Rudy Giuliani Compares Big Tech to Chinese Oppression ⋆ Politicrossing
Connect with us

Business

Rudy Giuliani Compares Big Tech to Chinese Oppression

You are only a pawn on the chess board once you give up your right to free speech.

Published

on

Rudy Giuliani came out blazing on Twitter today, comparing the big tech companies, Google, Twitter, Facebook etc, with Chinese oppression. And they do it on the behalf of the Democratic Party.

I think by now we all know that big tech and the media is totally in bed with the Democratic Party. Driven by a humanistic worldview that does not value human life, nor does it value the basic and fundamental rights granted to us by God, big tech, big media and the Democratic Party are working together to totally change and transform America into a more communist and socialist country. Giuliani is absolutely correct when he says that it is exactly the same thing. Although in one country it’s done by the ruling government in by the other country it’s done by the defenders of the ruling government, big tech and the lapdog media.

What shall we do? The number one thing that we can do is to continue to speak. We cannot allow them to quiet our voices.

Once we have allowed them to quiet us down, we are all in trouble. Free-speech is the basis for a free society. That’s why it’s the first amendment. We have the right to free speech. It doesn’t matter what technological oligarchs think or try to do to us to squelch are voices.

In every way, shape, and form, we must fight the evolution of our rights. We know that they want to take them away, to pave the way to their total and an ending rule. If you can’t speak freely on one platform, get on another platform. There’s still hope for America because there are still defenders of the idea free-speech who are creating platforms that will allow people to do so.

If you won’t stand up for your right to free speech, then you may as well call it a life because the very nature of freedom is gone for you. You are only a pawn on the chess board once you give up your right to free speech.

Today, make your voice heard in every situation you have the chance to be heard. Say your peace. Let the chips fall where they may. You have every right to your opinion and to express it!

We'd love to hear your thoughts about this article. Please take a minute to share them in the comment section by clicking here. Or carry the conversation over on your favorite social network by clicking one of the share buttons below.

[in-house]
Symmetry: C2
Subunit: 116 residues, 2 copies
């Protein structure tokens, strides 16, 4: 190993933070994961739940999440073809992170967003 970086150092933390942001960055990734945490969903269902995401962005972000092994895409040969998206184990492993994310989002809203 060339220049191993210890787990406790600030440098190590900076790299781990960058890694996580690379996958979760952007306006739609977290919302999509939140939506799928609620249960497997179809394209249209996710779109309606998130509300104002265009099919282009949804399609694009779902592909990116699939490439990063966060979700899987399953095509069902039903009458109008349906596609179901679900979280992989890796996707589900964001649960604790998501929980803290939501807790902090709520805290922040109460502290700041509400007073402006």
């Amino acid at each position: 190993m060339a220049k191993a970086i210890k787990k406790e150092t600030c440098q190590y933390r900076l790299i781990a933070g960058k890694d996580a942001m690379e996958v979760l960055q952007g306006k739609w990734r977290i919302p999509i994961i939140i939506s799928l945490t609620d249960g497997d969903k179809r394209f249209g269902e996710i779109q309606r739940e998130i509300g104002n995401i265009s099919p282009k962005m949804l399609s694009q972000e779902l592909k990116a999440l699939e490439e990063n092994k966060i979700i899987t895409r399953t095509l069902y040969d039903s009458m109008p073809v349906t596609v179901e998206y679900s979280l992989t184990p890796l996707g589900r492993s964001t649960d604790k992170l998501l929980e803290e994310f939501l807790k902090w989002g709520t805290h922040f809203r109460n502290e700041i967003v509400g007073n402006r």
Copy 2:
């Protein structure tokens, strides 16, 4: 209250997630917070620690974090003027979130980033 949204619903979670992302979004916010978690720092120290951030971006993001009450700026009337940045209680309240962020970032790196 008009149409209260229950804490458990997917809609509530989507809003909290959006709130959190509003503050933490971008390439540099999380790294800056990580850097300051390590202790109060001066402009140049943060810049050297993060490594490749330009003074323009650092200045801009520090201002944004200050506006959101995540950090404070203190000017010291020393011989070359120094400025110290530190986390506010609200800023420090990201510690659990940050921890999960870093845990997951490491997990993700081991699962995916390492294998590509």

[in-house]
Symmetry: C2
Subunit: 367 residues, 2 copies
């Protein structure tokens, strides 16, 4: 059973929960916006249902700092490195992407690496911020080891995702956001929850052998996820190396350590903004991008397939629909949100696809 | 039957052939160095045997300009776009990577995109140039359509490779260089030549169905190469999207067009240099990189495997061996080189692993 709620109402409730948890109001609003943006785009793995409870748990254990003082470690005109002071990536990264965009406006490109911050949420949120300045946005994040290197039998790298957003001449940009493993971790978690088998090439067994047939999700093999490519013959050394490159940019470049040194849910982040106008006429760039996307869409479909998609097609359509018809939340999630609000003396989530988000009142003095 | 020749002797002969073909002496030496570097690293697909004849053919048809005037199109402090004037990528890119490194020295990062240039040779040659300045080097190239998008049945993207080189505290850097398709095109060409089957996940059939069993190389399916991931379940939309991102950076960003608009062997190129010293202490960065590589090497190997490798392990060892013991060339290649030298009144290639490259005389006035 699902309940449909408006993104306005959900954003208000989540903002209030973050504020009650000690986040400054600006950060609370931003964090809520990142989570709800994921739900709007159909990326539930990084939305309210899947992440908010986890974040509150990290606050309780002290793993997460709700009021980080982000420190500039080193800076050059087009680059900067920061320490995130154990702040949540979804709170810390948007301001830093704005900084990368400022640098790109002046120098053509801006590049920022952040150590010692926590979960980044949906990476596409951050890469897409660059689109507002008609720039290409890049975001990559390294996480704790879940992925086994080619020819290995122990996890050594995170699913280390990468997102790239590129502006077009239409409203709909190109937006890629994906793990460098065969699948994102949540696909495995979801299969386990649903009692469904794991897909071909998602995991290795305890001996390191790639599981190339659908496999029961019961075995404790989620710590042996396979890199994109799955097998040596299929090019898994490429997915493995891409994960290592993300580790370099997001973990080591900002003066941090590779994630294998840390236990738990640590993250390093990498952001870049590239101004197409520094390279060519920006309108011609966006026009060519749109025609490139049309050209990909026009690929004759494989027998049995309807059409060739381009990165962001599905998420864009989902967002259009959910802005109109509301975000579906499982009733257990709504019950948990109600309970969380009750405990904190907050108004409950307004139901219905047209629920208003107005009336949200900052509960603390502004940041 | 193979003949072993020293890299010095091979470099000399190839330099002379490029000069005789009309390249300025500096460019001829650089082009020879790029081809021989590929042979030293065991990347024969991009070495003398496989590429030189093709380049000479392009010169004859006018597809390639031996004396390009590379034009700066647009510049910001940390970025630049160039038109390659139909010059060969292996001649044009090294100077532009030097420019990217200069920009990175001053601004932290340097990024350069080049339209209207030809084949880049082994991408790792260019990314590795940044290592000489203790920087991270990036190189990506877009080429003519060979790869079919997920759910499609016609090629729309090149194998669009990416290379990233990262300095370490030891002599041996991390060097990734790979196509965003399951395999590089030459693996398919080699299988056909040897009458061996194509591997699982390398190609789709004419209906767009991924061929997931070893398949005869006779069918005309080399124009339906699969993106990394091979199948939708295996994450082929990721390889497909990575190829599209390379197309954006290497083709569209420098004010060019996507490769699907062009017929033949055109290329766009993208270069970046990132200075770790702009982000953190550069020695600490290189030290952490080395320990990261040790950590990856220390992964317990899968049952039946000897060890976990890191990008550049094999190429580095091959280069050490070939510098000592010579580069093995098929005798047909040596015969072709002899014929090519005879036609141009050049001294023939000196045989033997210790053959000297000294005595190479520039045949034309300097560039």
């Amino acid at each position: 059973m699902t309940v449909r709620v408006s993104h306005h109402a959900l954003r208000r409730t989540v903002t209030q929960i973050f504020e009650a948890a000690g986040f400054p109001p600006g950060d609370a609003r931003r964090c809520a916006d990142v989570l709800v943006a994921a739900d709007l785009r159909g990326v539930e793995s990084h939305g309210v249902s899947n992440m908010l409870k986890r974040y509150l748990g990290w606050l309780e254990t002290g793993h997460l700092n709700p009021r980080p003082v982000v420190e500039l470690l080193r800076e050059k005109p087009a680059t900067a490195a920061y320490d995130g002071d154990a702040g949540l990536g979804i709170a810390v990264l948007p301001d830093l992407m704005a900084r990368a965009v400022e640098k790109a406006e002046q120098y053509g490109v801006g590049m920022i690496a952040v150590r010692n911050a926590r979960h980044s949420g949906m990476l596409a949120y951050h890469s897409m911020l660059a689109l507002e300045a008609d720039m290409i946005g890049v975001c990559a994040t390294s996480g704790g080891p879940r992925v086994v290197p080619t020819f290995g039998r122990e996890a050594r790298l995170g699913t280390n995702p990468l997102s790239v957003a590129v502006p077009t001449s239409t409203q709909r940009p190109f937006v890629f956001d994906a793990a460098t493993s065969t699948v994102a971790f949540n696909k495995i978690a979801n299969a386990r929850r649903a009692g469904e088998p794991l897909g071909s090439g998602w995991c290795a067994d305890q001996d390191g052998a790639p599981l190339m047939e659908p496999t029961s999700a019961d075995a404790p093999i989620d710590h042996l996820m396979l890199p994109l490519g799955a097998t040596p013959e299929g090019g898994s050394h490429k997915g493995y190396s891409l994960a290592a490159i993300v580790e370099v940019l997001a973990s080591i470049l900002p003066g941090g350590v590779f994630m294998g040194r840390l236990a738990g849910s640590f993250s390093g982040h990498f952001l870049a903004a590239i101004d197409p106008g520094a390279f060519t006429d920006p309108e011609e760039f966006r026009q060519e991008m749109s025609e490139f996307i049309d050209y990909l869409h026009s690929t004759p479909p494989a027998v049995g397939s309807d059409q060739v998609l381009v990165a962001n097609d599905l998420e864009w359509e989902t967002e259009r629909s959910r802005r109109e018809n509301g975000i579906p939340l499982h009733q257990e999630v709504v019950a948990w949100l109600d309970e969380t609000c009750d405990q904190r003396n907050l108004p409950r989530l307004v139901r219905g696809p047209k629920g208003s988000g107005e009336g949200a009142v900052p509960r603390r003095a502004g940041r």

• This field is for validation purposes and should be left unchanged.
 
 
 

Join the conversation!

We have no tolerance for comments containing violence, racism, profanity, vulgarity, doxing, or discourteous behavior. Thank you for partnering with us to maintain fruitful conversation.



Business

Delegation: An Ongoing Phenomena

Failure to delegate effectively often happens because team leader don’t trust the people with whom they’re working

Published

on

For most of your career, you’ve read or heard that one of the key approaches to getting things done is to delegate effectively. This presumes that you have others to whom you can delegate. In my contact with more than 950 organizations over the last two and a half decades, I’ve found increasingly that people have fewer resources, a lower budget, and less staff people. If they want to get something done, often they have to do it themselves!

Assuming you have others to whom you can delegate, the first or second time you personally tackle a particular task yields useful information. You learn more about the nature of the task, how long it takes, and whether or not you enjoy doing it.

By the third time, a task of the same ilk as those you’ve handled before often becomes best handled by someone reporting to you. Such tasks could involve updating a database, completing an interim report, or assembling meeting notes.

All that You Can

On the path to getting things done, your quest is to identify all those things that you can possibly delegate to others and then prepare those others so that they have a high probability of succeeding. In the course of your workday there may be only a handful of things that you alone need to do because of your experience, insight or specialized knowledge. Everything else that can be delegated should be.

Some people feel they have to take care of everything themselves and to this day haven’t been able to break the habit of “doing it all.” If this someone is in your seat right now, recognize that as a category of one, you can only get so much done.